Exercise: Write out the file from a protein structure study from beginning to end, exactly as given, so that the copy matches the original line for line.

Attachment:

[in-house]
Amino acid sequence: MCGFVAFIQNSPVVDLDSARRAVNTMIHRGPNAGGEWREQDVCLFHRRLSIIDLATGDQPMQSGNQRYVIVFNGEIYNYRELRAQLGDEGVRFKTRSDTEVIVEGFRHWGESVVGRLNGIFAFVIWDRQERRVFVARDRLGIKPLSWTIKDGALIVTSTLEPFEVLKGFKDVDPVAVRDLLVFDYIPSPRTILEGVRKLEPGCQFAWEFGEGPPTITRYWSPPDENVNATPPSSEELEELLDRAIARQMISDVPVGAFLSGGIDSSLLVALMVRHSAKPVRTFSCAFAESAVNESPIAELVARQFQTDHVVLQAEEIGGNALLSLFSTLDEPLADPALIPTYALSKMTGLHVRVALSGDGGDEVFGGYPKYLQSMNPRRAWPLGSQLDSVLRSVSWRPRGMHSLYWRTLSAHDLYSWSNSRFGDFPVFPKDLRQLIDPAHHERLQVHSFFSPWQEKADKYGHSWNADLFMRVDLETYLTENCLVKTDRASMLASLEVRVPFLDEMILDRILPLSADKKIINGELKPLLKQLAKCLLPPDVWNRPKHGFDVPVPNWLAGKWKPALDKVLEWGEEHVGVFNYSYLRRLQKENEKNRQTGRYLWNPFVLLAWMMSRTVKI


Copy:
[in-house]
Amino acid sequence: MCGFVAFIQNSPVVDLDSARRAVNTMIHRGPNAGGEWREQDVCLFHRRLSIIDLATGDQPMQSGNQRYVIVFNGEIYNYRELRAQLGDEGVRFKTRSDTEVIVEGFRHWGESVVGRLNGIFAFVIWDRQERRVFVARDRLGIKPLSWTIKDGALIVTSTLEPFEVLKGFKDVDPVAVRDLLVFDYIPSPRTILEGVRKLEPGCQFAWEFGEGPPTITRYWSPPDENVNATPPSSEELEELLDRAIARQMISDVPVGAFLSGGIDSSLLVALMVRHSAKPVRTFSCAFAESAVNESPIAELVARQFQTDHVVLQAEEIGGNALLSLFSTLDEPLADPALIPTYALSKMTGLHVRVALSGDGGDEVFGGYPKYLQSMNPRRAWPLGSQLDSVLRSVSWRPRGMHSLYWRTLSAHDLYSWSNSRFGDFPVFPKDLRQLIDPAHHERLQVHSFFSPWQEKADKYGHSWNADLFMRVDLETYLTENCLVKTDRASMLASLEVRVPFLDEMILDRILPLSADKKIINGELKPLLKQLAKCLLPPDVWNRPKHGFDVPVPNWLAGKWKPALDKVLEWGEEHVGVFNYSYLRRLQKENEKNRQTGRYLWNPFVLLAWMMSRTVKI